Galapagos Enters the Clinic with Rheumatoid Arthritis Candidate Drug
- First-in-human trial with breakthrough candidate drug
- Based on novel Galapagos target MAPKAPK5
- Broad US patents granted
GLPG0259 is the first small molecule from Galapagos' target discovery platform to enter the clinic. GLPG0259 targets protein kinase MAPKAPK5, which represents a new approach for the treatment of RA. The US Patent Office has granted Galapagos patents on the use of this target for the discovery of RA drugs and on the chemical space around this candidate drug.
Target MAPKAPK5 (formerly encoded by Galapagos as GT418) is a new starting point for the treatment of RA. Galapagos discovered and validated the key role of this target in the RA disease process, using its proprietary target discovery technology. MAPKAPK5 had not been previously associated with RA; however, Galapagos' internal research indicated that it is involved in a signaling pathway that is central to inflammation. The candidate drug GLPG0259 inhibits MAPKAPK5, and demonstrates excellent bone protection and reduced inflammation in a standard RA animal model. GLPG0259 has successfully completed preclinical development. Galapagos received US patents for the use of target MAPKAPK5 for the discovery of RA drugs and on the lead series of compounds directed against this target. Similar patents are pending in Europe and other major regions.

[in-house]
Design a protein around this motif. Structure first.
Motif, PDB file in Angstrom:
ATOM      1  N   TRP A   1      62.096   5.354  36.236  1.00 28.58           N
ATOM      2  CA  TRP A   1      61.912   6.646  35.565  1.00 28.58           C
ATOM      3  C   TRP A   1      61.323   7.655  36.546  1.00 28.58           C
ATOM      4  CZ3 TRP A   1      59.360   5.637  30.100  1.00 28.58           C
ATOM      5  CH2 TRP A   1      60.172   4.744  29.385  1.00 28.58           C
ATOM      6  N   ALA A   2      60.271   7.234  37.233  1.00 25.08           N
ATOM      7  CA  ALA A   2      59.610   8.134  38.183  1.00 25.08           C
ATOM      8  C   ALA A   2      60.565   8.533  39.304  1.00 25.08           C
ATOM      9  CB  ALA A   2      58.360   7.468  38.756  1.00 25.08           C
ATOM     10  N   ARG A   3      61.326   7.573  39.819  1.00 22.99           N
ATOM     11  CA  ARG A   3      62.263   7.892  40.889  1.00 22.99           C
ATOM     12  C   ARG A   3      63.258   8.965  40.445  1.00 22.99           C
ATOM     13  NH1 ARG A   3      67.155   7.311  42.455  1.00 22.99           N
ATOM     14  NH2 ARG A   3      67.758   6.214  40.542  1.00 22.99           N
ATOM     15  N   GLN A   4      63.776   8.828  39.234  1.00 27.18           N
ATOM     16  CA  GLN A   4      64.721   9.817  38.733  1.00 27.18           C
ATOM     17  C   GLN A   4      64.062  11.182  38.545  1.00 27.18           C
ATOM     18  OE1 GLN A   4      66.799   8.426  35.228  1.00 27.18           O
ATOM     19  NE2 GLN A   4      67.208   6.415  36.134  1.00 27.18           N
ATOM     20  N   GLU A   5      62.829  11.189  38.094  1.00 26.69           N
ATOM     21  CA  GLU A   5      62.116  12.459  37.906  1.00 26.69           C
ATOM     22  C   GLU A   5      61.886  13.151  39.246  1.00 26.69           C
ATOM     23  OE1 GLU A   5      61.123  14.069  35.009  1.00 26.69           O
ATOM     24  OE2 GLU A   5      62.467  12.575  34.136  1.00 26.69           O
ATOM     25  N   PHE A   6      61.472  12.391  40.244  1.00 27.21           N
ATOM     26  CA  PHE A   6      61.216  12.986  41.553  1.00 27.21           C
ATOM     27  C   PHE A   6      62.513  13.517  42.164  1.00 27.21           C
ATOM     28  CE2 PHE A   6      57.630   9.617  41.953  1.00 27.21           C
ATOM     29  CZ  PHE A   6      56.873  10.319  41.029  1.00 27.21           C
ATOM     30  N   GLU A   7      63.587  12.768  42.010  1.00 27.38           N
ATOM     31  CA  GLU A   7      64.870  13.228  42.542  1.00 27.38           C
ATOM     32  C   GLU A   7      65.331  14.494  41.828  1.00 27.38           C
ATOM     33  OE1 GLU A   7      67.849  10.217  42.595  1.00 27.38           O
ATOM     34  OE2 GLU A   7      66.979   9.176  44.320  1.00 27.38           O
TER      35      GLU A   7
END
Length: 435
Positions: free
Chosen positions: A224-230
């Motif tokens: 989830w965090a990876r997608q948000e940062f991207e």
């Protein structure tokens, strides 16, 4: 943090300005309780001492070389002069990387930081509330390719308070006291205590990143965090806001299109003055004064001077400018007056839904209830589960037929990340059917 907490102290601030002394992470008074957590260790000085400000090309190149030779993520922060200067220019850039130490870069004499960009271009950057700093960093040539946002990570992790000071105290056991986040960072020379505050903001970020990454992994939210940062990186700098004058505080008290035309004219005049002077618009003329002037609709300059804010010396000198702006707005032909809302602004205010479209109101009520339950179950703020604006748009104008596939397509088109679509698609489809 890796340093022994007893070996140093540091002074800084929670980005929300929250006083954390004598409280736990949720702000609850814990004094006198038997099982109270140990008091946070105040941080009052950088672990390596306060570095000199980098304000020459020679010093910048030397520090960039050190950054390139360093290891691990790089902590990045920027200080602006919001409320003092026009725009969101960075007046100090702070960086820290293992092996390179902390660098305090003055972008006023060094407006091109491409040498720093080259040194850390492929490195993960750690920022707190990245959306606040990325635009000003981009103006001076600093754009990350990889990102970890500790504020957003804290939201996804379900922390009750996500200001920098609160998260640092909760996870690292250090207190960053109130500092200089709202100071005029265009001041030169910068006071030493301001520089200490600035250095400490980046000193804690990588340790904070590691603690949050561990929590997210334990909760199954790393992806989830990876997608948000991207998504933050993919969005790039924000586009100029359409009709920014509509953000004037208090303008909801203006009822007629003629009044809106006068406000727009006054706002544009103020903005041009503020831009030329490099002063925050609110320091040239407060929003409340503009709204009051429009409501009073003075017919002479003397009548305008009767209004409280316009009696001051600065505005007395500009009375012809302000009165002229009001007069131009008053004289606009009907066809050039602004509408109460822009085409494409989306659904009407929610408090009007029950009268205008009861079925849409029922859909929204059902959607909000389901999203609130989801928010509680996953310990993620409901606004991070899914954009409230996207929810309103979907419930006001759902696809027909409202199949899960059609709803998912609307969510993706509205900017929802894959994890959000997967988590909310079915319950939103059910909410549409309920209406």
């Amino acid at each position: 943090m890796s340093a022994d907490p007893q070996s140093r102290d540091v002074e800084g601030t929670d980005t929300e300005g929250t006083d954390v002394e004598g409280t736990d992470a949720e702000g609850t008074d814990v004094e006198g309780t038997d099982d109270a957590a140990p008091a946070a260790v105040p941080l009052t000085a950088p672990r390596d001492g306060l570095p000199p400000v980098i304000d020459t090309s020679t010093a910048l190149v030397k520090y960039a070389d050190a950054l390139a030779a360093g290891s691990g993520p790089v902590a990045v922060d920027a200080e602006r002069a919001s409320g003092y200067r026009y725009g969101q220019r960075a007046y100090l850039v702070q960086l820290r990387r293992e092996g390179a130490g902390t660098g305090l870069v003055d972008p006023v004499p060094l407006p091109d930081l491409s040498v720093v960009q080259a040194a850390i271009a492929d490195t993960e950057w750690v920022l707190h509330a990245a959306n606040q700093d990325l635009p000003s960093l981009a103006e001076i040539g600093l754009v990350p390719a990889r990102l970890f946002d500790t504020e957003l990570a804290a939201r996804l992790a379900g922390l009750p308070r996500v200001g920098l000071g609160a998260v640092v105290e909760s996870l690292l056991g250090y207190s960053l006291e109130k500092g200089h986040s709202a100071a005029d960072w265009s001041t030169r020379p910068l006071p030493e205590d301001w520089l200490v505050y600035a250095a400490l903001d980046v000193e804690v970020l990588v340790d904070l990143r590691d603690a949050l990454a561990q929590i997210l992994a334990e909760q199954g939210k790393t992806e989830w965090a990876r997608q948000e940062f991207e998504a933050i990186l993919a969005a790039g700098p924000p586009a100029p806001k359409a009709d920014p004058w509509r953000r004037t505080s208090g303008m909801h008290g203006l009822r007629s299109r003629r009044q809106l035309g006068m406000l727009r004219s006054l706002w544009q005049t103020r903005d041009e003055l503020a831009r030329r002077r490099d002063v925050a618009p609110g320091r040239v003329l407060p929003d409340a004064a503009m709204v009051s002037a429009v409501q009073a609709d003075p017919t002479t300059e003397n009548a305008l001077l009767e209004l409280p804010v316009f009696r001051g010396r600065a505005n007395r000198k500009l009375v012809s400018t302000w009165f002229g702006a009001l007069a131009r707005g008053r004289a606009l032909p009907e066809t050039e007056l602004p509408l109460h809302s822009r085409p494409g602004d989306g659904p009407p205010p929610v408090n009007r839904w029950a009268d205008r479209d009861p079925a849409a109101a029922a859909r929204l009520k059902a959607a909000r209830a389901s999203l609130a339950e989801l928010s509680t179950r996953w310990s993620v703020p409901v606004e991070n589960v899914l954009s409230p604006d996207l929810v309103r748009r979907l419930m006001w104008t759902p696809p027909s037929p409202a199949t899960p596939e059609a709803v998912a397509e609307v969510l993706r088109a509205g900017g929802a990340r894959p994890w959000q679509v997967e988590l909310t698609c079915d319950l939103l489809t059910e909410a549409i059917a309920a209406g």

GLPG0259 is a compound in Galapagos' internal RA program, which is part of an alliance with Janssen Pharmaceutica. Upon successful completion of a Phase IIa clinical trial for GLPG0259, Janssen has the exclusive option to license the program for €60 million, with further potential milestones to Galapagos of €776 million and double-digit royalties on global sales.
"Today's entry into the clinic is a true landmark for Galapagos," said Onno van de Stolpe, CEO of Galapagos. "This is the first candidate medicine based on our target platform to enter the clinic and I am extremely proud of our team who made this achievement possible. We moved this RA program from concept to clinic in less than five years. Furthermore, we possess a broad portfolio of programs that further solidifies our activity in this therapeutic area."